Wednesday, 6 July 2011

Food Trend Wishlist

Food trends that I’d like to see in Manchester.

1)       Pork buns
2)       Dumpling shops
3)       Chipotle peppers
4)       Food trucks

Manchester tends to cotton on pretty quickly to national and global food trends: we have cupcakes and handmade noodles, and Vietnamese and South Indian are starting to figure on people’s Friday-night-dinner maps.  But some things are still missing.

New York’s continuing and growing obsession with pork buns (pillowy white buns filled with succulent roasted char siu pork) does not yet seem to have crossed the Atlantic.  Seeing as they are portable, delicious and cheap, they should be well on their way to becoming a national obsession here.  Manchester’s Chinatown is the second largest in the UK, and has been undergoing a bit of a culinary renaissance recently, moving away from the kungpao/black bean/General Tso’s chicken menus that previously predominated.  Now, with Hunanese, Szechuan and Korean cuisines becoming commonplace, the next step will hopefully be East Asian snack foods, including pork buns.  Both Chinese bakeries – Ho’s and Wong Wong - sell pork buns, but these are poor imitations of those available in New York (and China), with stodgier buns, fattier pork and unappetising fillings (only in Wong Wong, where pork buns come with either pineapple or scorching-hot honey).  Either the current providers need to reinvigorate their products, or new pork bun stockists need to come on the scene.

Similar to my obsession with pork buns is my one with dumplings.  Thin-skinned, soupy, pork or seafood, I love them almost equally.  It should be possible to get a take-away serving of six or so freshly made dumplings for a reasonable price.  Unfortunately, this is not currently the case.  Perhaps the East Asian snack food bar dreamed of above could provide these along with tasty pork buns.

Chipotle peppers are smoky and spicy, imbuing whatever they’re cooked with a unique Mexican aroma and flavour.  They tend to come either dried or in sauce in a can, and can be used with everything from eggs, to sauces, to vegetable dishes to meats.  Their smokiness adds an extra dimension to whatever they’re used in, and becomes slightly addictive after a while.  Chipotle hummous and mayonnaise may sound like unorthodox combinations, but hit all the right tangy-spicy-smoky notes.  As a nation that prizes spicy things and sandwiches, we really can’t afford to miss out on the chipotle fever that has swept the United States over the past couple of years.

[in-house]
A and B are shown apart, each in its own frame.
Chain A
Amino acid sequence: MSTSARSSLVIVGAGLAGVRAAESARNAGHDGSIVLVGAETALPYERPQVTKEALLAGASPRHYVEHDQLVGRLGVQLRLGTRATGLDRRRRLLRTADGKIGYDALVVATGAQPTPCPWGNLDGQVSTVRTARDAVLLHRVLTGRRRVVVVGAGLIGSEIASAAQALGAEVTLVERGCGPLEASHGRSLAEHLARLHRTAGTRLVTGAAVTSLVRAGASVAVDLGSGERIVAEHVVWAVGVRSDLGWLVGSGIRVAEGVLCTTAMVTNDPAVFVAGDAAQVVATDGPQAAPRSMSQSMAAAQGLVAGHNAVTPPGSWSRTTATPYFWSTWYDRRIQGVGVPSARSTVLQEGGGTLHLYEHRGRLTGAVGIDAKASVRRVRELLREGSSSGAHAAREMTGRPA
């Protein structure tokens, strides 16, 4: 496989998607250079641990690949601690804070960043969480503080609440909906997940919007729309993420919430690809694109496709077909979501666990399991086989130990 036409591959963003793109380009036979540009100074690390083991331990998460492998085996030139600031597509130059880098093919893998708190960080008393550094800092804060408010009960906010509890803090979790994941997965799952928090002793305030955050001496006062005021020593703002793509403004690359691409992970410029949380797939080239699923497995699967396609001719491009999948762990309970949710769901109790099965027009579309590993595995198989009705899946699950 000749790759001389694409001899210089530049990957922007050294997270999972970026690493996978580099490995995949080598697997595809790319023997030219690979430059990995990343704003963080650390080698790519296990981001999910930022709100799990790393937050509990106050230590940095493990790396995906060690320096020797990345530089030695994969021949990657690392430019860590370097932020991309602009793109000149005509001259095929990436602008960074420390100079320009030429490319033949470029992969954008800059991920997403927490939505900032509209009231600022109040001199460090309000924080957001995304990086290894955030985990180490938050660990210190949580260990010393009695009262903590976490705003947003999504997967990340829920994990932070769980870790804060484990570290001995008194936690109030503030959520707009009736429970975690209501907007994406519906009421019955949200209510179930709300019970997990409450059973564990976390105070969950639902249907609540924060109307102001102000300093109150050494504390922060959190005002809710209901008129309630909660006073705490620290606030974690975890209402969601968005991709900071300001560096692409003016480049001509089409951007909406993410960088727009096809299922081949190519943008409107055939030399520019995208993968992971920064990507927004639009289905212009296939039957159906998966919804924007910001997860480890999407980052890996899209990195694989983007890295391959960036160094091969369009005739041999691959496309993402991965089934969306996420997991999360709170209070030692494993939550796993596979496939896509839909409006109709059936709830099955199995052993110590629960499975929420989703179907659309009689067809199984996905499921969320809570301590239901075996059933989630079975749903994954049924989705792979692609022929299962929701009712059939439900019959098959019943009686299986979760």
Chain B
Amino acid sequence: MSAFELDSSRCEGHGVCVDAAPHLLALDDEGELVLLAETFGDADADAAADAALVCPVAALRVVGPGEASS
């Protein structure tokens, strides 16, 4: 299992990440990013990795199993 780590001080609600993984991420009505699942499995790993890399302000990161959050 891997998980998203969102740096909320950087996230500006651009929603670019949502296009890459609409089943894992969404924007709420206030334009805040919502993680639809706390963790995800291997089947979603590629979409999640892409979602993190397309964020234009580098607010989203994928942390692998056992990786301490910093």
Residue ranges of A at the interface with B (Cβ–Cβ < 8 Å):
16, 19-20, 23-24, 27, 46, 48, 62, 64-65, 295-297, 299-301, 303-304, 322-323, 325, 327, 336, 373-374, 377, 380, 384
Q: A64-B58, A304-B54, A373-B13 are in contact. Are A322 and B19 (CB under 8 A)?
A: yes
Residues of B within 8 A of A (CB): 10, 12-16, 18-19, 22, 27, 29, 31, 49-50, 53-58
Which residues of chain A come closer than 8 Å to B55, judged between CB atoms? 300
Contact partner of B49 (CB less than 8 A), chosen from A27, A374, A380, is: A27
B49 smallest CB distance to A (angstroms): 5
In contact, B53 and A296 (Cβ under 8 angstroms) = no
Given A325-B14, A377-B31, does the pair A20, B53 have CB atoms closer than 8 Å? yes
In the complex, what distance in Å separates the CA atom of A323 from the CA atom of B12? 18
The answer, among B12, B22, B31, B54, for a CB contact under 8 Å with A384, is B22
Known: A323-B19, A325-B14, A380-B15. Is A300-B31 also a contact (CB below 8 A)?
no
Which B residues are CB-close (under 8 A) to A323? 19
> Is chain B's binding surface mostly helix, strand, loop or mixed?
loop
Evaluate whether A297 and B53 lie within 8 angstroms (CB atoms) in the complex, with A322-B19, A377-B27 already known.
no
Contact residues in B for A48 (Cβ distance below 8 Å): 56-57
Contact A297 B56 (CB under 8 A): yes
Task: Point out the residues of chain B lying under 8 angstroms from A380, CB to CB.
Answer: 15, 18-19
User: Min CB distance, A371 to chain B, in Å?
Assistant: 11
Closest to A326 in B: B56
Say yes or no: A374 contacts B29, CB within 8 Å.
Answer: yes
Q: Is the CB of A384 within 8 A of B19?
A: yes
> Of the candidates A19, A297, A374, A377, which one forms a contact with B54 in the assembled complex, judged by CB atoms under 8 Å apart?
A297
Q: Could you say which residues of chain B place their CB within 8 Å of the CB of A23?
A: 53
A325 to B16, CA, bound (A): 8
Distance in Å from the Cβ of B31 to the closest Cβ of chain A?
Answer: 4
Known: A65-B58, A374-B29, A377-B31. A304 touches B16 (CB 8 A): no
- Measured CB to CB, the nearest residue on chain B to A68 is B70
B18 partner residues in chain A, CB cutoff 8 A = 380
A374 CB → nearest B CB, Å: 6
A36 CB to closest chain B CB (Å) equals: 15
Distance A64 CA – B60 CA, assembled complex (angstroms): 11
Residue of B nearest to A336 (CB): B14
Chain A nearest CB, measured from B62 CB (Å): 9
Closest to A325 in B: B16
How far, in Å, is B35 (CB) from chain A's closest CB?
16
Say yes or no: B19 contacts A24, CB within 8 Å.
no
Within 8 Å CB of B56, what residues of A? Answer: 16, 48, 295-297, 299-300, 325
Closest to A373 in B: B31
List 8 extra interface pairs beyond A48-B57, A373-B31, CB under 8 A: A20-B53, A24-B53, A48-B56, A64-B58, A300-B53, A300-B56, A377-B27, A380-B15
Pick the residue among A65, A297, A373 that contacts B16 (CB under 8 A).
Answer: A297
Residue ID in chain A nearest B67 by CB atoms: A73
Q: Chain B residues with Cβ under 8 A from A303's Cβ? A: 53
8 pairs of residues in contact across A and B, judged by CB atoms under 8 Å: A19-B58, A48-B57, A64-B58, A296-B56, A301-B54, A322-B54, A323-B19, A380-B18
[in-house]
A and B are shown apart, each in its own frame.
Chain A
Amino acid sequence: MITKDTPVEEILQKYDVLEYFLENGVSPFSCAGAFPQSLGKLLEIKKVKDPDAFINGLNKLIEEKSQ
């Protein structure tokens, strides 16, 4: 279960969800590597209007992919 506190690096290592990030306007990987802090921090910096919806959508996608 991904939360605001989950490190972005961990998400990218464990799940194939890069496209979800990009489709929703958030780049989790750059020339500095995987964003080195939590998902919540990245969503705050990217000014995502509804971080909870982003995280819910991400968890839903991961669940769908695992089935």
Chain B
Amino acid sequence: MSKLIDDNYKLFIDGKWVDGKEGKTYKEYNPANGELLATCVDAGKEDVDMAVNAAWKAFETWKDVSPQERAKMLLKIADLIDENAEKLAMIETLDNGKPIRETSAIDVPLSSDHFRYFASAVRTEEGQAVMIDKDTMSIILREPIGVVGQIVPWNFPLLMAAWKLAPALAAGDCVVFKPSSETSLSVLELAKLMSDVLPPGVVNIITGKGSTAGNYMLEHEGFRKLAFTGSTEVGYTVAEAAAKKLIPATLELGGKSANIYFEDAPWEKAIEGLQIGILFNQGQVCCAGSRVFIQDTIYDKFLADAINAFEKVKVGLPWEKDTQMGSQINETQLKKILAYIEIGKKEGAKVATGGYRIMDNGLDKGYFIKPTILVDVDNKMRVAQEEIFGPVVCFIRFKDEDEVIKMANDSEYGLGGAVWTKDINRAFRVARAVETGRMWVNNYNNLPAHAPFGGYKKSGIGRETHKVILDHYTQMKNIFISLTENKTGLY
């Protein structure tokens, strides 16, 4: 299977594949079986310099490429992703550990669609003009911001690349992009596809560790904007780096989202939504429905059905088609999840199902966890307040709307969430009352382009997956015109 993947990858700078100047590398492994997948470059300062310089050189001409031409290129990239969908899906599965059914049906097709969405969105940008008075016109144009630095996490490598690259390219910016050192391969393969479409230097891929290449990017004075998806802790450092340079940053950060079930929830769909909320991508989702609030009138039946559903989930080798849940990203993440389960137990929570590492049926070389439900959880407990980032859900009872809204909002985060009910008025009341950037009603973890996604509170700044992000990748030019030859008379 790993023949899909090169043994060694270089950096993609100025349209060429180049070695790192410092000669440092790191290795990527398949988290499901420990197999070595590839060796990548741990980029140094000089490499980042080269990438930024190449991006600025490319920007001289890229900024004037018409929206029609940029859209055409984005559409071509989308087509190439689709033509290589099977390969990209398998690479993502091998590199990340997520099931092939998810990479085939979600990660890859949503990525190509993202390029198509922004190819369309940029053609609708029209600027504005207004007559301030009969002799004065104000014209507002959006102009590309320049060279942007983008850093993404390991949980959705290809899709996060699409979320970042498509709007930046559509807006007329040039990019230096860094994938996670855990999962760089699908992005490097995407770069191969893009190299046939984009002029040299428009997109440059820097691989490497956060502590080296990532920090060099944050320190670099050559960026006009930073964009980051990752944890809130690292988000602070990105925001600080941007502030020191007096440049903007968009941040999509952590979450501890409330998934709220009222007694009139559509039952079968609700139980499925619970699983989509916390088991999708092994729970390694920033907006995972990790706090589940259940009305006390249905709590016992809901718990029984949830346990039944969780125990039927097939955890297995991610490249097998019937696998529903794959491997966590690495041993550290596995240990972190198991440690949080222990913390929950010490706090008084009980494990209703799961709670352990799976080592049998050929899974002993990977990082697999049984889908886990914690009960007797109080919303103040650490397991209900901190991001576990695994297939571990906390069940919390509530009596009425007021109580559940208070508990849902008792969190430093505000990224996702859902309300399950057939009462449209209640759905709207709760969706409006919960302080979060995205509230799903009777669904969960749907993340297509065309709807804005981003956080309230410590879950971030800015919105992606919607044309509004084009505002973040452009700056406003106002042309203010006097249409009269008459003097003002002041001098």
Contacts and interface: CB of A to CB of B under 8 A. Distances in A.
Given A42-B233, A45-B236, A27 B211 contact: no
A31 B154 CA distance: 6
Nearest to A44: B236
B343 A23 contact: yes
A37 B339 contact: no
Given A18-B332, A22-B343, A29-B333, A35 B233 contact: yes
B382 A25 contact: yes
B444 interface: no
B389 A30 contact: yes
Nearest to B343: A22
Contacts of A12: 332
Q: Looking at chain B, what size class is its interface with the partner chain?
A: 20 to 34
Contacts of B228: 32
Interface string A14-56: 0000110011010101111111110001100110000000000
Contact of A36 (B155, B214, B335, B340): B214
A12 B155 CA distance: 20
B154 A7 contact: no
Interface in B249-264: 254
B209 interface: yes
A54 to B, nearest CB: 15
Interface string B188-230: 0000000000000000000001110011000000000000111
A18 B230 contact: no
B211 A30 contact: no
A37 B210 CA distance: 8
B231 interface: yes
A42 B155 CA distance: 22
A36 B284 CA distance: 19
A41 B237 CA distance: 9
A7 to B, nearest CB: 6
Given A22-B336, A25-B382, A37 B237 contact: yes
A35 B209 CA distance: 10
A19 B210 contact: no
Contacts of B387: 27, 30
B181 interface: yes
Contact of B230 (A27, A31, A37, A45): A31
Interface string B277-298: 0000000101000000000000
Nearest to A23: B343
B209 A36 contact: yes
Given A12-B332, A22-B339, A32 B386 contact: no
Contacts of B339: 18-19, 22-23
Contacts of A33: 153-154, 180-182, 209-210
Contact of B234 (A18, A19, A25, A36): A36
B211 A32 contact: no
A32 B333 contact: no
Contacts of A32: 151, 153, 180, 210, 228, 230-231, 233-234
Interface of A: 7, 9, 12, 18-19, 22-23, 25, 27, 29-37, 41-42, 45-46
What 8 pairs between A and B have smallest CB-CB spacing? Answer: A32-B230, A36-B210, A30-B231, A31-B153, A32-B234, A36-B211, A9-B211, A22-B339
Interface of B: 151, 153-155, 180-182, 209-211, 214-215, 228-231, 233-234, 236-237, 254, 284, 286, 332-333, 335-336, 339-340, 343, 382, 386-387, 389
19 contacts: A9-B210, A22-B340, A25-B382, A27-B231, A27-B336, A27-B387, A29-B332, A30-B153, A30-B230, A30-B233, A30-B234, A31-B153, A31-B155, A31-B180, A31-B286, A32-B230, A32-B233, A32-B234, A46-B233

Last, but possibly most important, is the issue of food trucks.  Currently taking London by storm, they’re an excellent idea.  Manchester has a relatively compact city centre with a lunch scene that manages to be both pricey and moribund.  Vans selling fresh-cooked falafel, curries, wraps, noodles and sandwiches would provide good quality and cheap lunch and snack foods to a working and shopping population that tends to have little time to spend on lunch but requires enough top-notch fuel to get them through hectic afternoons and evenings.  Being able to spend under a fiver on lunch would be beneficial to the legions of low-paid office workers inhabiting Manchester’s glass and concrete blocks, and the take-away aspect would satisfy the most time-conscious of bosses and workers alike.  For people looking to test their culinary skills in the open market before starting a restaurant, café or catering company, food trucks provide venues that can be based in the city centre but don’t have the sky-high rents attached.  Everybody wins, as long as the health-and-safety brigade ensure the trucks remain proper standards of hygiene.     


  1. I agree - I always thought Stephenson Square could have Exmouth Market-style potential on the northern paved area, especially if they got rid of the buses.

    Also - Manchester has taken to burritos quite well so vans are a natural evolution!

  2. Just saw this now. Couldn't agree more. As a former New Yorker and dedicated chowhound I've always wished for more stuff like this... Real Chinese dumplings are something I really miss (not gyoza or the odd spongy cantonese dim sum, which seems to be all you can get here... the beijing dumplings at Red Chilli are the closest I've come to the stuff I used to eat in NYC and Taiwan. Also, I would kill for decent Banh Mi sandwiches. The ones at Bubble Cafe are the only ones I've found and they're not great.

  3. I just came across your blog when Googling Guyana Roti in Brixton.
    Interesting post, pork buns sound most appetising.
    Sorry if I sound like a bit of a preachy twat here, but you seem to have noticed something that very few people in this country have, that pork buns are A: delicious, B: hard to come by, C: available offerings are terrible, and crucially, D: fashionable in New York.
    As you seem to be quite passionate and knowledgeable about food, and also unemployed, could you sell pork buns from a truck in Manchester? It seems to me that making money in the food business is just like fashion, i.e. being aware of trends and making sure you sell the right things at the right time. You seem like someone who'd be very good at that.